We show how this non-thermal dark matter production mechanism can generate and solve dark radiation \(H_0\) Problem. We recall that the radiance \((\rho_{rad})\) is determined by the temperature of the photon (*T*) and the relativistic degrees of freedom \((G_*)\)ie,

$$\begin{aligned} \rho _{rad} = \frac{\pi ^2}{30}g_*T^4. \end{aligned}$$

(1)

In a radiation-dominated universe phase, where only photons and neutrinos are ultrarelativistic, the relationship between photons and neutrinos is temperature \((4/11)^{1/3}\). Since photons have two states of polarization and neutrinos are only left-handed in the Standard Model (SM); that’s why we write \(G_*\) in the following way,

$$\begin{aligned} g_* = 2 + \frac{7}{4} \left( \frac{4}{11} \right) ^{4/3}N_{eff}. \end{aligned}$$

(2)

Where \(N_{eff}\) is the effective number of relativistic neutrino species, where in the \(\Lambda\)CDM is \(N_{eff}=3\).

In a more general setting, new types of light could help \(N_{eff}\), or some new physical interactions with neutrinos that change the neutrino decoupling temperature, or as in our case some particles that mimic the effect of neutrinos. Because we’re trying to increase \(H_0\) by increasing \(N_{eff}\), \(\Delta N_{eff}\) tell us how much additional radiation we are adding to the universe via our mechanism. In other words,

$$\begin{aligned} \Delta N_{eff} = \frac{\rho _{extra}}{\rho _{1\nu }}. \end{aligned}$$

(3)

Where \({\rho _{1\nu }}\) is the radiation density generated by an additional neutrino species.

Therefore, in principle, we can reproduce the effect of an additional neutrino species by adding any other type of radiation source. Calculation of the ratio between the density of a neutrino species and the density of cold dark matter at matter-radiation equality \((t = t_{eq})\) we get,

$$\begin{aligned} \left. \frac{\rho _{1\nu }}{\rho _{DM}} \right| _{t = t_{eq}} = \frac{\Omega _{\nu ,0}\rho _c}{3a^4_{eq}} \times \left( \frac{\Omega _{DM,0} \rho _c}{a^3_{eq}}\right) ^{-1} = 0.16. \end{aligned}$$

(4)

where we used \(\Omega _{\nu ,0} = 3.65 \times 10^{-5}\), \(\Omega _{DM,0} = 0.265\) and \(a_{eq} = 3 \times 10^{-4}\)^{17}.

The equation above tells us that an additional neutrino species represents \(16\%\) of dark matter density at matter-radiation equality. provided \(\chi\) arises from two body decays of a mother particle \(\chi’\)Where \(\chi ‘ \rightarrow \chi + \nu\). in the \(\chi’\) rest system, the 4-momentum of the particles are,

$$\begin{aligned} p_{\chi ‘} = \left( m_{\chi ‘}, \varvec{0} \right) ,\\ p_{\chi } = \left( E(\varvec{p }), \varvec{p} \right) ,\\ p_{\nu } = \left( \left| \varvec{p} \right| , -\varvec{p} \right) . \end{aligned}$$

Hence the 4-momentum conservation implies,

$$\begin{aligned} E_{\chi }(\tau ) = m_{\chi } \left( \frac{m_{\chi ‘} }{2m_{\chi }} + \frac{m_{\chi } }{2m_{\chi ‘}} \right) \equiv m_{\chi }\gamma _{\chi }(\tau ), \end{aligned}$$

(5)

Where \(\dew\) is the lifetime of the mother particle \(\chi’\). We emphasize that we will adopt the instantaneous decay approximation.

Using this result and the fact that a particle’s momentum is inversely proportional to the scale factor, we get

$$\begin{aligned} &E^2_{\chi } – m^2_{\chi } = \varvec{p}^2_{\chi } \propto \frac{1}{a^2}\\&\ Quad \Rightarrow \left( E^2_{\chi }

(6)

In the non-relativistic regime \(m_{\chi }\) is the dominant contribution to the energy of a particle. Here’s how we rewrite the dark matter energy we find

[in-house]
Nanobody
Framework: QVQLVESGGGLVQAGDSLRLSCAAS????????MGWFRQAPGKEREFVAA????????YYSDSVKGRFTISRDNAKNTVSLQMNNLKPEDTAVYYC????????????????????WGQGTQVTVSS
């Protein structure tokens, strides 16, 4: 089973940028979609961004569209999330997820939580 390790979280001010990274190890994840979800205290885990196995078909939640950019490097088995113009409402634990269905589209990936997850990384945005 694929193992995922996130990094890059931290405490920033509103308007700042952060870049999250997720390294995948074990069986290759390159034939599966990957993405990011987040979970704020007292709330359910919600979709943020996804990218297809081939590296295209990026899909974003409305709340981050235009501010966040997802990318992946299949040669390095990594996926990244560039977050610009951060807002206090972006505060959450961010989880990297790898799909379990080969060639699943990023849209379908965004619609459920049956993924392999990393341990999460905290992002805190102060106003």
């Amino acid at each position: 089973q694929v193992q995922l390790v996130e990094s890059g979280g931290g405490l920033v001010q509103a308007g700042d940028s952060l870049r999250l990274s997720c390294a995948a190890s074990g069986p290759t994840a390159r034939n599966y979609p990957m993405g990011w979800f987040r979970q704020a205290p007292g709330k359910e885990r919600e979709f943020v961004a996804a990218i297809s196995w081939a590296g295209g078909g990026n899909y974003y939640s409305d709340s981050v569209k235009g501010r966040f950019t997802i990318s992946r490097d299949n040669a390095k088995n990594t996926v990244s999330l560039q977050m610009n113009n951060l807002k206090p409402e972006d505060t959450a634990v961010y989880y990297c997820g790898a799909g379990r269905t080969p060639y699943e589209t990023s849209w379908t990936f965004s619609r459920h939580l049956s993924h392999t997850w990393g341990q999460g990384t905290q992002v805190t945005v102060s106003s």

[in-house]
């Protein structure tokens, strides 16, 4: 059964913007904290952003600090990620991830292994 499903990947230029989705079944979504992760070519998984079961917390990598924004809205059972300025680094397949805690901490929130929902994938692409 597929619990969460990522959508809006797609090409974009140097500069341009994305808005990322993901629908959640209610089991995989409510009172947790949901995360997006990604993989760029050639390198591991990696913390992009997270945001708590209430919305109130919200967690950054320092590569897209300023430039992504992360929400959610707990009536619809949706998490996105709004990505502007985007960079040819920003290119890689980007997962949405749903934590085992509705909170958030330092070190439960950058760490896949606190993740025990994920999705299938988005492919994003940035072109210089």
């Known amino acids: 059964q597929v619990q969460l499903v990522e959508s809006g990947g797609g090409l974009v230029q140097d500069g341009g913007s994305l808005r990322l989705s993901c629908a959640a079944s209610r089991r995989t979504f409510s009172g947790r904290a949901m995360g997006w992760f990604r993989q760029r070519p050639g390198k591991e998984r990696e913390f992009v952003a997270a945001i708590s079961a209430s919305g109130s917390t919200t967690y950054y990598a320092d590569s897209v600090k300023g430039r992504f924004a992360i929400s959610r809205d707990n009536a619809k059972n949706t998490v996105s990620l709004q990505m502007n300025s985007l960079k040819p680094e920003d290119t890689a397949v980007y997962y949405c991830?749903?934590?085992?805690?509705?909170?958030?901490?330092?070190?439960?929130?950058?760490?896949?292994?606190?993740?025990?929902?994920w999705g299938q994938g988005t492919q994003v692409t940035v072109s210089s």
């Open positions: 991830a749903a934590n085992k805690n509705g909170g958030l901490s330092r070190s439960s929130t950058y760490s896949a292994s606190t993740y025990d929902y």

$$\begin{aligned} E_{\chi } = m_{\chi }\left( \gamma _{\chi } -1 \right) + m_{\chi }. \end{aligned}$$

So in the ultra-relativistic regime \(m_{\chi }\left(\gamma _{\chi }-1\right)\) dominates. Consequently, the total energy of the dark matter particle can be written as

$$\begin{aligned} E_{DM} = N_{HDM}m_{\chi }\left( \gamma _{\chi } -1 \right) + N_{CDM}m_{\chi }. \end{aligned}$$

Here, \(N_{HDM}\) is the total number of relativistic dark matter particles (hot particles), whereas \(N_{CDM}\) is the total number of non-relativistic DM (cold particles). Apparently, \(N_{HDM} \ll N_{CDM}\) agree with the cosmological data. The ratio between relativistic and non-relativistic dark matter density energies is

$$\begin{aligned} \frac{\rho _{HDM}}{\rho _{CDM}} = \frac{N_{HDM}m_{\chi }\left( \gamma _{\chi } -1 \right) }{N_{CDM}m_{\chi }} \equiv f\left( \gamma _{\chi } -1 \right) . \end{aligned}$$

(7)

Consequently *f* is the fraction of dark matter particles produced by this non-thermal process. As mentioned, *f* should be small, but we don’t have to assume an exact value for this, but it will be of the order of 0.01. This fact will continue to become clear.

Using Eq. (3) and (7) we find that the additional radiation generated via this mechanism

$$\begin{aligned} \Delta N_{eff} = \lim _{t \rightarrow t_{eq}} \frac{f\left( \gamma _{\chi } -1 \right) }{0{, }16}, \end{aligned}$$

(8th)

where we Eq. (4) and we wrote \(\rho _{CDM}=\rho _{\chi }\).

In regime \(m_{\chi ‘} \gg m_{\chi }\)we simplify

$$\begin{aligned} \gamma _{\chi }(t_{eq}) -1 \approx \gamma _{\chi }(t_{eq}) \approx \frac{m_{\chi ^\prime } }{2m_{\chi }} \sqrt{\frac{\tau }{t_{eq}}}, \end{aligned}$$

and Eq. (8) reduces to,

$$\begin{aligned} \Delta N_{eff} \approx 2.5 \times 10^{-3}\sqrt{\frac{\tau }{10^{6}s}} \times f\frac{ m_{\chi ‘}}{m_{\chi }}. \end{aligned}$$

(9)

With \(t_{eq} \approx 50.000 ~ \text {years} \approx 1.6 \times 10^{12} ~s\).

From Eq. (9) we conclude that the \(\Delta N_{eff} \sim 1\) means in a larger ratio \(f\, m_{\chi^\prime }/m_{\chi }\) for a life of decay \(\tau \sim 10^4- 10^8\,s\). Note that our overall results are based on two free parameters: (i) lifetime, \(\dew\)and (ii) \(f\, m_{\chi^\prime }/m_{\chi }\).

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